The 1844 Military Riot

The Military Riot (9-11 June 1844)
Green Man Pub, Kirkgate & Green Parrot Pub, Harper Street
In June 1844 reports of soldiers from the 70th Infantry attacking members of the public led to an outbreak of violence at the Green Man pub. Police arriving to arrest the soldiers were booed by an anti-police crowd and a fight ensued, leading to the release of the prisoners. They were later recaptured along with others, convicted and imprisoned. A barracks confinement order was disobeyed and many armed soldiers subsequently gathered at the Green Parrot pub, with the police faring worse in the ensuing riots. Order was eventually restored, with further battles on Briggate between a mob and police halted by cutlass-wielding constables.

On Sunday June 9th 1844, two officers from the Leeds Corporation Police arrived at the Green Man pub, a working-class beer house on Kirkgate; they were there to arrest a number of soldiers on the charge of assault.  Whilst walking their prisoners to the lock up, they were attacked by more soldiers, friends of the men in custody, and beaten with fists and military belt buckles; the prisoners were temporarily freed until extra officers arrived and a brawl ensued – no civilians joined in at this point; instead, they stood back and cheered on the soldiers.

The next evening, up to forty soldiers from the 70th Regiment Foot met at the Green Parrot pub and planned their revenge on the police; armed with bludgeons and belts, they set upon a number of police officers on Vicar Lane.  As the fight moved to Briggate, they merged with an existing crowd of protesters – numbering over a thousand – who were possibly assembled to protest the attempts by Leeds Magistrates and police to stop Sunday political meetings in the Free Market.  On joining together a cry of ‘Down with the police’ from the soldiers incited the already anti-police crowd into joining the mob, with the crowd forcing the police to break and scatter down Kirkgate.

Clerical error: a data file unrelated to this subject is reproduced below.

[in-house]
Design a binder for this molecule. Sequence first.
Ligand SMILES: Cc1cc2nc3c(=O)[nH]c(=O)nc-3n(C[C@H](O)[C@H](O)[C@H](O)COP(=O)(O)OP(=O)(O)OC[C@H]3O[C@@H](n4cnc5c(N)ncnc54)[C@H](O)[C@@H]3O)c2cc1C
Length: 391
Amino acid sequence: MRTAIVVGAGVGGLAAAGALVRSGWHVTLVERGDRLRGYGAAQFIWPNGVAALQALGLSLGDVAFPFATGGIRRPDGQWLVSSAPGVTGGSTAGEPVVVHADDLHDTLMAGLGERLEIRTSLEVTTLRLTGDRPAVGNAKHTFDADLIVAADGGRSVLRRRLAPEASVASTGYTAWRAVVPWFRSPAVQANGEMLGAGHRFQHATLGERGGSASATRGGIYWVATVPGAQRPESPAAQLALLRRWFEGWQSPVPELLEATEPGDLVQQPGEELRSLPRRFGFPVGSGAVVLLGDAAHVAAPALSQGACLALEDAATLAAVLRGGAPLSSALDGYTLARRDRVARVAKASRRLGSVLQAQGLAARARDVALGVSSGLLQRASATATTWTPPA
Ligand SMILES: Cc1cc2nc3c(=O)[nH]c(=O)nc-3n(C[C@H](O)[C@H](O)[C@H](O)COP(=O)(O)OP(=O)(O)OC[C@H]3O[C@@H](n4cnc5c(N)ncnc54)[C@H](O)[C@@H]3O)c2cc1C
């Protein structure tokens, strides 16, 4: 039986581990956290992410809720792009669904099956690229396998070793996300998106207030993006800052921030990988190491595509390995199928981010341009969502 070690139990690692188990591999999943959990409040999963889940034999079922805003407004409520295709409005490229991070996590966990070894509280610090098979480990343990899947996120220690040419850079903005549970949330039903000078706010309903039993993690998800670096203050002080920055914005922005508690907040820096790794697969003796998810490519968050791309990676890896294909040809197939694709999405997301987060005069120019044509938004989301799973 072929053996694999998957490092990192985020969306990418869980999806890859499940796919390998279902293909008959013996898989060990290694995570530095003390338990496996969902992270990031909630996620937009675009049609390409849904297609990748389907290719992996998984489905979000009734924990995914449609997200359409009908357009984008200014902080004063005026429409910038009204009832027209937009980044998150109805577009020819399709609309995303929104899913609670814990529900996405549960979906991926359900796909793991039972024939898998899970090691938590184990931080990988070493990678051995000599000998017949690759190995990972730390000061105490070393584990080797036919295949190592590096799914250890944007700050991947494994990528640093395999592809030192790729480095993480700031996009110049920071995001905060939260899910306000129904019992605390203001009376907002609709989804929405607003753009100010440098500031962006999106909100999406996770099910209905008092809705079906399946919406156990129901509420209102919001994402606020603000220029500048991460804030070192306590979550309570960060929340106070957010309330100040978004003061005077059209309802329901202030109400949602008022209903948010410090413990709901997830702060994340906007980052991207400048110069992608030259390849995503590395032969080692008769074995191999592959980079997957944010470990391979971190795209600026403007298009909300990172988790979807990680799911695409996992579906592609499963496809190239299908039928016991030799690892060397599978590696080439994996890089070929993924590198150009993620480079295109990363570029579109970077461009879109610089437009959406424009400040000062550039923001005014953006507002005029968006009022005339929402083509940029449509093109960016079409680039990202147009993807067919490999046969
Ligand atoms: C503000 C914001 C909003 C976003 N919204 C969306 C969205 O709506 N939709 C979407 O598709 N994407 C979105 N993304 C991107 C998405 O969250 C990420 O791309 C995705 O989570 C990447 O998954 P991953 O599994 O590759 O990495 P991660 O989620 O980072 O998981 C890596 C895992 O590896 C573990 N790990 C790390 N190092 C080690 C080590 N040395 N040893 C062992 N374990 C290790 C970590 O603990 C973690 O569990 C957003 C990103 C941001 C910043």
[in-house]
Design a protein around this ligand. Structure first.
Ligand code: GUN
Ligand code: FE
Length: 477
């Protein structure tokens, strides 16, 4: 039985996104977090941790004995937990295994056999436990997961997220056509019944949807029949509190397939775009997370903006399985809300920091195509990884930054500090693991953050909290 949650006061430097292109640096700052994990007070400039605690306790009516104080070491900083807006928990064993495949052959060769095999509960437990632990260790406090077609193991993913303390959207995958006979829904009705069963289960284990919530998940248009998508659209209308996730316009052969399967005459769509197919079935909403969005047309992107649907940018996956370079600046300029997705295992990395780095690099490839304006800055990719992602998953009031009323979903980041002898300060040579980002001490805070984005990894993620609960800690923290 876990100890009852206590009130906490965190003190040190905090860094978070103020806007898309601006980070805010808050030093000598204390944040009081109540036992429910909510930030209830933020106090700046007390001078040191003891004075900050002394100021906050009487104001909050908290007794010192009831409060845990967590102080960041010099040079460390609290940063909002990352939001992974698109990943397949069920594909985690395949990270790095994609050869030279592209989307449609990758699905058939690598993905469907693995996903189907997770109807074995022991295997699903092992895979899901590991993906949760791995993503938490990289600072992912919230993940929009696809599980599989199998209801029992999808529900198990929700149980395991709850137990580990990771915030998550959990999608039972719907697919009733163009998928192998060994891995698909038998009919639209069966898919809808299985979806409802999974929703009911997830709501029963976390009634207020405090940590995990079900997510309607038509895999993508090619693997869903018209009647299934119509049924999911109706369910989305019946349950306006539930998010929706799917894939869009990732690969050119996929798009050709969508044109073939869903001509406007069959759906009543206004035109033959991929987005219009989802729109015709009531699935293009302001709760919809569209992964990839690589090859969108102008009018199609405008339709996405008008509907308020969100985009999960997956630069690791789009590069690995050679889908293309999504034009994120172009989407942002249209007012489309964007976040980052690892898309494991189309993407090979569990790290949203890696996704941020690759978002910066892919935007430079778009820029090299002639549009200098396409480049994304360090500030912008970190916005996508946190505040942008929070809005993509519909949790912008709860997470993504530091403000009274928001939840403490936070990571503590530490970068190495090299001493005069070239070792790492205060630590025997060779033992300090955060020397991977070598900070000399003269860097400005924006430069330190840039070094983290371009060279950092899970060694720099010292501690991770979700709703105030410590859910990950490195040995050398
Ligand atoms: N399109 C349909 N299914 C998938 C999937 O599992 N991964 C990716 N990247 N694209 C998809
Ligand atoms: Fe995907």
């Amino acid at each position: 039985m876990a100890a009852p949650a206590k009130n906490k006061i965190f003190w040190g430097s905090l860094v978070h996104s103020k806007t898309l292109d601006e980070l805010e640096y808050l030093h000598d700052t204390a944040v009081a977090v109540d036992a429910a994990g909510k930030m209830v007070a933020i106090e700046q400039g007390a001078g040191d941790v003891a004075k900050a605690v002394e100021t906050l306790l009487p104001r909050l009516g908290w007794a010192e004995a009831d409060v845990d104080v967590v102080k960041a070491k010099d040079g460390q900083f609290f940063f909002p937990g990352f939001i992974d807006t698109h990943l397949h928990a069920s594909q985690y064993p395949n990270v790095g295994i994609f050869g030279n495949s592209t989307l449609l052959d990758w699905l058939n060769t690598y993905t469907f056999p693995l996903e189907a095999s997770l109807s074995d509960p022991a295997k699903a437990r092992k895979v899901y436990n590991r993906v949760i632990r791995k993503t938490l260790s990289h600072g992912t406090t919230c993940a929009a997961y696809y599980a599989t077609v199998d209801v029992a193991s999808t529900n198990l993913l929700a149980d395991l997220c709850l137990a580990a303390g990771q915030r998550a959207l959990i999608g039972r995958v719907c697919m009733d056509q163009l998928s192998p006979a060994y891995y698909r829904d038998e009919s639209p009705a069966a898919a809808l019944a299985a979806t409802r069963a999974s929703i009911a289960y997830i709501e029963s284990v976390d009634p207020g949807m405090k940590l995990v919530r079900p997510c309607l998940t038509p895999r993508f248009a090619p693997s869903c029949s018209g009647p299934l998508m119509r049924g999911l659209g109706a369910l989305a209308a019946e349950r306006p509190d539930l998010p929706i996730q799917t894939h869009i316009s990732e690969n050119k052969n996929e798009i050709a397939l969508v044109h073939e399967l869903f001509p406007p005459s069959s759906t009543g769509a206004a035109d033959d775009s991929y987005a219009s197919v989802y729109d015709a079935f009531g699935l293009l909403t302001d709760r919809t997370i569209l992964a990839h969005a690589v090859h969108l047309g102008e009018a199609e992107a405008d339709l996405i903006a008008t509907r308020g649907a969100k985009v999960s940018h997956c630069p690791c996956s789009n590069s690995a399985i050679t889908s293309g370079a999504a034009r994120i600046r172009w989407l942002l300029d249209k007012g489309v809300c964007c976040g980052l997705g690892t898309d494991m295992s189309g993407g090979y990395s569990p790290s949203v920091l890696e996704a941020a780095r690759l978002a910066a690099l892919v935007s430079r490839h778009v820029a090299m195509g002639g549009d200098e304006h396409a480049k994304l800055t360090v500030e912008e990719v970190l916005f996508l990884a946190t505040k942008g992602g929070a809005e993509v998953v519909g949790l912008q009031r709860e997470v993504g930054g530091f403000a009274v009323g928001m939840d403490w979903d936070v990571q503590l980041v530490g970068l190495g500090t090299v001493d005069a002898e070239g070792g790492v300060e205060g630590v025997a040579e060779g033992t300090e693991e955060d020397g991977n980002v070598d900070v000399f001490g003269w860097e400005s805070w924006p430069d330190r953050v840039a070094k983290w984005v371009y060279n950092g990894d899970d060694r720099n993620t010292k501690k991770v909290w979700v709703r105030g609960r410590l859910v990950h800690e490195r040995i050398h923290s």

Spreading rapidly by the evening of the second day, central Leeds had been cleared of all police presence by various mobs, including the original Briggate crowd, a York Street group made up of Irish, a third group on Park Row and a fourth group who gathered at the Woodhouse Barracks to cheer and support the soldiers.

Earlier that day, the original soldiers who had set out from the Green Parrot pub had been rounded up by their fellow troops and officers, and marched back to barracks where they were confined for the next few days until the violence died down.  The remaining rioting mob was made up of local people who stayed to fight the police on their own terms.

The third day saw the police face off with a mob made up of only civilians with no military antagonists or supporters.  The police and local magistrates came back better organised and armed with cutlasses; instead of being caught as individuals or in pairs they acted as larger concentrated groups when confronting the riots: by 10pm they had finally restored order to central Leeds.

Extract from a 19th-century map of central Leeds, showing the area of the 1844 disturbance. (c) Ordnance Survey

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